The craft of wood carving is a wonderful way to spend your time doing something constructive with your hands and building something beautiful that you'd like to keep around the home. The process involves cutting wood in a particular shape or form to give it a kind of finish or shape. Depending on the size of the piece of the wood, this can be a double-handed process or a single-handed process, each with its own unique characteristics and benefits.
Wood carving is normally used as a form of sculpting wherein pieces of wood are carefully converted into statues and other shapes, similar to sculpting with stone or even clay. Although wood carving isn't as popular as clay sculpting, it is still a more manageable hobby as compared to something like stone or marble sculpting. That gives it a bigger following as compared to those two formats. The only issue with wood carving or sculpting is the final products need to be cared for well because wood has a tendency to get affected by the elements that it is placed in.
Kicking Things Off
Whether you join a course for wood carving or decided to buy a book or scour the Internet for information, you cannot get into wood carving without really getting into it. That means, you need to take a block of wood and start carving - without that, there's no progress. Theoretical elements of wood carving are beneficial when it comes to knowing the different properties of the wood that you can work with as well as the basic properties or rules of wood carving that ensure a simpler process.
However, when it comes to creating the actual sculpture, you have no choice but to go out there and get your hands on a piece of wood, get some tools and start work. The most basic tool you will need is a carving knife, which is like a paring knife - short, sharp and extremely manoeuvrable. This allows you to get those fine cuts and chips off of the piece of wood you are working with. The next tool you need is a gouge, which, as the name suggests, is used to create hollow or round curves into the wood by gouging out the wood. This is quite similar to a melon-baller, only sharper!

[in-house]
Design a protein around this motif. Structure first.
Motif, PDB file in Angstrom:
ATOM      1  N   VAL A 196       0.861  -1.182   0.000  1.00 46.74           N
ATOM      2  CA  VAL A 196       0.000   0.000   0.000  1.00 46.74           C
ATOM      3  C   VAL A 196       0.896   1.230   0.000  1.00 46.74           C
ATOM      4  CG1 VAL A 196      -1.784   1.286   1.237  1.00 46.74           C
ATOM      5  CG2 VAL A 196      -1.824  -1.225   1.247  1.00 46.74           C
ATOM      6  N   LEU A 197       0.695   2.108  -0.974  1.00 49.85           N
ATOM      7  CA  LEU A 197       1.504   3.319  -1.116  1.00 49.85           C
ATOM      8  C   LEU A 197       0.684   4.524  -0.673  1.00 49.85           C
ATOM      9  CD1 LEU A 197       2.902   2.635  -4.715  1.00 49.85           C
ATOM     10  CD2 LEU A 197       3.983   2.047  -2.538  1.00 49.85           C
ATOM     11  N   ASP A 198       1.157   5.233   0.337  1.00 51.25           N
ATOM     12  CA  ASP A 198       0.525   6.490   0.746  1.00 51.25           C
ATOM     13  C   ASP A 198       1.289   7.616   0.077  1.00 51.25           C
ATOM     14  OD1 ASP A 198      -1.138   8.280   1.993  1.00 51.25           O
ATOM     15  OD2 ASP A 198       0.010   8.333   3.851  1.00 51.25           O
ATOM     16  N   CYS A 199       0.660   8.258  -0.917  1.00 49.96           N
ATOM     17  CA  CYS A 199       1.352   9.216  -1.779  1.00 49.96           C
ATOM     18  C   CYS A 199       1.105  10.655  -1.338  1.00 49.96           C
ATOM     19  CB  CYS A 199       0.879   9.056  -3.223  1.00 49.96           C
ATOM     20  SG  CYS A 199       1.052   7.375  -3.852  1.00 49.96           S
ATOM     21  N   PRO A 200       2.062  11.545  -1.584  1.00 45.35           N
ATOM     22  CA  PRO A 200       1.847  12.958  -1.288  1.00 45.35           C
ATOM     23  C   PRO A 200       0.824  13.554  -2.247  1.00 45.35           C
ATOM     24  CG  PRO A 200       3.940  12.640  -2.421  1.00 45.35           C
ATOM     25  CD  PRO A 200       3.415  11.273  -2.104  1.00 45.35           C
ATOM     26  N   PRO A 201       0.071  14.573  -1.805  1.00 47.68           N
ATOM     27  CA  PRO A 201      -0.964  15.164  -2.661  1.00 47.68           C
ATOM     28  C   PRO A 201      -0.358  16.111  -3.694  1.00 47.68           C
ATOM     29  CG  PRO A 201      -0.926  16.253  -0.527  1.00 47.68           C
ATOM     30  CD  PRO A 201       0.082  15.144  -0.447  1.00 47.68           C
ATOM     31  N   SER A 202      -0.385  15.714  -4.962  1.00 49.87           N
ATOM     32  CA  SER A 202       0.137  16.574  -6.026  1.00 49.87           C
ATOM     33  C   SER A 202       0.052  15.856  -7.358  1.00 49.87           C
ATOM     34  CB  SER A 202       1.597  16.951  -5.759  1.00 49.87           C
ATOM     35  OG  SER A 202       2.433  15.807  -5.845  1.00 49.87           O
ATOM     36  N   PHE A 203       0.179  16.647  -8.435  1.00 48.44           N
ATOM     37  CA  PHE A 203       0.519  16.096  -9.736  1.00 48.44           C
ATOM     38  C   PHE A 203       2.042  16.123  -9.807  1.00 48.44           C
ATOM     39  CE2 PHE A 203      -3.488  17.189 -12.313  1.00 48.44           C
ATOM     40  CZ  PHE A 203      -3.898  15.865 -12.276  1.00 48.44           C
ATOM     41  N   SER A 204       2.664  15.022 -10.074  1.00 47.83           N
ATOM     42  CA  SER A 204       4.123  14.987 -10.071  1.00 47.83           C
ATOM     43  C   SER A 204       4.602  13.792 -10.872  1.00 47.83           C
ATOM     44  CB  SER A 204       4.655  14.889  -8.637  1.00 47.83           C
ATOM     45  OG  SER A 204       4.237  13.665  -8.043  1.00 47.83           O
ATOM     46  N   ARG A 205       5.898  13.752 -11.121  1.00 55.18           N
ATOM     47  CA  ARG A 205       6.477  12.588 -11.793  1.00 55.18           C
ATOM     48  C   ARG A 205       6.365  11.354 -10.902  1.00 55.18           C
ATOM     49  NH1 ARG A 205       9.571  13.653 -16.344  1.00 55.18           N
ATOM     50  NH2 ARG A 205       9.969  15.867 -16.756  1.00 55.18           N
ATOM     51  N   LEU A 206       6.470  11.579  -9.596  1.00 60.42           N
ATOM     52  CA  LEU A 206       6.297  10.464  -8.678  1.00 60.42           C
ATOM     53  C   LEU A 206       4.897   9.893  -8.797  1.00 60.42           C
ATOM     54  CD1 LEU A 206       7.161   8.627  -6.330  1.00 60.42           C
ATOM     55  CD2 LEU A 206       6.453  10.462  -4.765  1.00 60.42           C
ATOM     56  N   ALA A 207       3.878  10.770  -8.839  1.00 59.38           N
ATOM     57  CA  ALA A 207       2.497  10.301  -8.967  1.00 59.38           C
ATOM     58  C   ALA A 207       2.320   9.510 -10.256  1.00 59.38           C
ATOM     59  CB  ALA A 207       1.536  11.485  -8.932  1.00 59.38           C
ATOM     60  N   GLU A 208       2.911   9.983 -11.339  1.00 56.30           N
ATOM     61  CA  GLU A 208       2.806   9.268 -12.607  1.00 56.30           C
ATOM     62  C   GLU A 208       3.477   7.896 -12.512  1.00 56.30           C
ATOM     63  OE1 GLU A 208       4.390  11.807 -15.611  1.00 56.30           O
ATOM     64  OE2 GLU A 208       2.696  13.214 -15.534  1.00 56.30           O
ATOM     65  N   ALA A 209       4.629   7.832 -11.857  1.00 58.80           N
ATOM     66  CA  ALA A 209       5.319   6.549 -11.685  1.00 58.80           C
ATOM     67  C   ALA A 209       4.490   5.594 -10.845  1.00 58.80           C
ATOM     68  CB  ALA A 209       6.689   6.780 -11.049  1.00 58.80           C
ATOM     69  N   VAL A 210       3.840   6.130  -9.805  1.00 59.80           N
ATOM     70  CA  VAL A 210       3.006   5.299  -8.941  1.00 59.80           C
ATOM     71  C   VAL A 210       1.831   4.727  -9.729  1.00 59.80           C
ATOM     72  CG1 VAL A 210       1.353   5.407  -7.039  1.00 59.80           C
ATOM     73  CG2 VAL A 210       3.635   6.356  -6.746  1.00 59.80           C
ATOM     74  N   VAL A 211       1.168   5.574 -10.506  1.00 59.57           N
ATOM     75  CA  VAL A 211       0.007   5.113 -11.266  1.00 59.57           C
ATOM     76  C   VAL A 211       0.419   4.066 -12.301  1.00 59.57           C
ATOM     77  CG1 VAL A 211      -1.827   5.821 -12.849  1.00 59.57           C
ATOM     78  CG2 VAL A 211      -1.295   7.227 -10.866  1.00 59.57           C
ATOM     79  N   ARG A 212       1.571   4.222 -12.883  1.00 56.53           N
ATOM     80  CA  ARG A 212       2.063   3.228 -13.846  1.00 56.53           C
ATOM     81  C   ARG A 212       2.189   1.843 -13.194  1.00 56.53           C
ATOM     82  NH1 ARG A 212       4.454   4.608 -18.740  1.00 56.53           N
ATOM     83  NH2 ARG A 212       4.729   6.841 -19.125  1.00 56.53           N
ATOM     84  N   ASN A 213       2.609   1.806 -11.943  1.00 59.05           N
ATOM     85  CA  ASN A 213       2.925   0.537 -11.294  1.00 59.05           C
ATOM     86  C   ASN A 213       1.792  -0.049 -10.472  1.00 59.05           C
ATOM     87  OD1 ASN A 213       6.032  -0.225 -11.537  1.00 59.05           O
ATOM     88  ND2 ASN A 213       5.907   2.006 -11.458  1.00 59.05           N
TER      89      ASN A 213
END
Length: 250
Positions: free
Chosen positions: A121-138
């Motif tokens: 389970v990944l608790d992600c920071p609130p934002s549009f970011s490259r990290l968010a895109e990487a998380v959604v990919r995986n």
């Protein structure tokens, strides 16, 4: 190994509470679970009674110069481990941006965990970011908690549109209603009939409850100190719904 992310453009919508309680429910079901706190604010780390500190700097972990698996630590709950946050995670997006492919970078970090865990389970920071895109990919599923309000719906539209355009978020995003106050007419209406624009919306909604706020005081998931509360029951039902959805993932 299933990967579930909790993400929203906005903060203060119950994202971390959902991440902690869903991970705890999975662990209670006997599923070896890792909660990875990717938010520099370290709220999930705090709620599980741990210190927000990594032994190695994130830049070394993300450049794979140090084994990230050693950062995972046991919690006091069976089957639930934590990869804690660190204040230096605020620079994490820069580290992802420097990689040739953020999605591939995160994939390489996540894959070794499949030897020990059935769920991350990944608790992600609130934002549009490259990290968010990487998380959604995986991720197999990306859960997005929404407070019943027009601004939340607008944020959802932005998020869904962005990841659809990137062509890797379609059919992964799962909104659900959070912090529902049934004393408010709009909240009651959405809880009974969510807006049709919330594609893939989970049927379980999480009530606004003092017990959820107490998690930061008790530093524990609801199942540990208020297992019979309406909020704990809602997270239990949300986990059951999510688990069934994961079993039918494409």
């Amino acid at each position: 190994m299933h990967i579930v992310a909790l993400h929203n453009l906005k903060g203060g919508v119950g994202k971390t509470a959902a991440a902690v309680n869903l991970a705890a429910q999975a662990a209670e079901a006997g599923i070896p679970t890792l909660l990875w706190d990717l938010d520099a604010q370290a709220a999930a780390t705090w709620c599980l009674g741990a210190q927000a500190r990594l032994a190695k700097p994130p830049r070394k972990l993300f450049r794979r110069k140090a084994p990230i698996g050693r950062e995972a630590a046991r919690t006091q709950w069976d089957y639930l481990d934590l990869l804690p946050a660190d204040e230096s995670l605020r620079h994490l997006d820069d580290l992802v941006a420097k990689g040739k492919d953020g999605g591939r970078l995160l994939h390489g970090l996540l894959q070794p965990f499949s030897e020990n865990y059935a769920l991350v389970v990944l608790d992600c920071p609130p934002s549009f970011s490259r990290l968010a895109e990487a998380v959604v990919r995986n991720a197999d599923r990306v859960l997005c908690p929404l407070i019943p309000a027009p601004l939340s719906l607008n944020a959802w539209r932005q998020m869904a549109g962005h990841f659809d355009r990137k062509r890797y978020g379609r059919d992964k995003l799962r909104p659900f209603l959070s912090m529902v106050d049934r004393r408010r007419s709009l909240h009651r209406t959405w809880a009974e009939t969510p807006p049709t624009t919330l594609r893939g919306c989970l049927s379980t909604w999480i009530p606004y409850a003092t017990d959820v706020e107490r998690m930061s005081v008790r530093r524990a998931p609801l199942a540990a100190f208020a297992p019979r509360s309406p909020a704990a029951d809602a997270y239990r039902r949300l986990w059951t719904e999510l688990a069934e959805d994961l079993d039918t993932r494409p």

The coping saw is also an essential part of every basic wood carving toolkit. It allows you to cut of chunks of wood at once, without having to worry too much about precision. This is especially helpful when you are cutting off the excess wood around your piece. The chisel, another frequently used tool, comes in a variety of sizes and does a job similar to the carving knife, however it is mainly used to create lines or clean out flat surfaces and make them level.
Using a V-tool is also quite common as they are needed to separate the wood an keep them separate when working on certain pieces, especially the flat variety, and can be used for emphasising the lines on the piece. You have something called the viener, which helps create deep gouges in a "U" shape and the last thing you'll need is a sharpening stone to keep all your instruments in perfect shape. You can buy a complete wood carving kit from a hardware or hobby store or buy each element individually. As you grow more accustomed to working with wood, your own style of wood carving may even lead you to create your own tools, the kinds that help you make certain specific cuts that are unique to your own style.
The basic wood carving Technique
The idea of taking a piece of wood and cutting out chips or pieces requires you to understand the composition of the wood as well as the way you need to go about the carving process. The first thing you need to remember is that the wood is not equally strong all over, which means that you will need to understand the importance of the grain of the wood. Along the grain, the wood will always be the hardest and that means, it will be the hardest to carve along that line.
However, that also means that cutting along the grain or putting your delicate designs along the grain of the wood will make your work last longer. If you want your hard work to last long, you will need to keep the shape and structure of the wood in mind, when working on it. This will ensure that your wood carving technique and design is constantly in harmony with the material and will be the strongest possible material that it can be.
Choose the kind of wood you want, very carefully, and speak to people who are teaching or experienced at wood carving to get the hang of things. Practice with basic shapes to begin with and slowly work your way into more complex designs and pieces because that will give you the skill and knowledge you need to make your wood carving work stand out!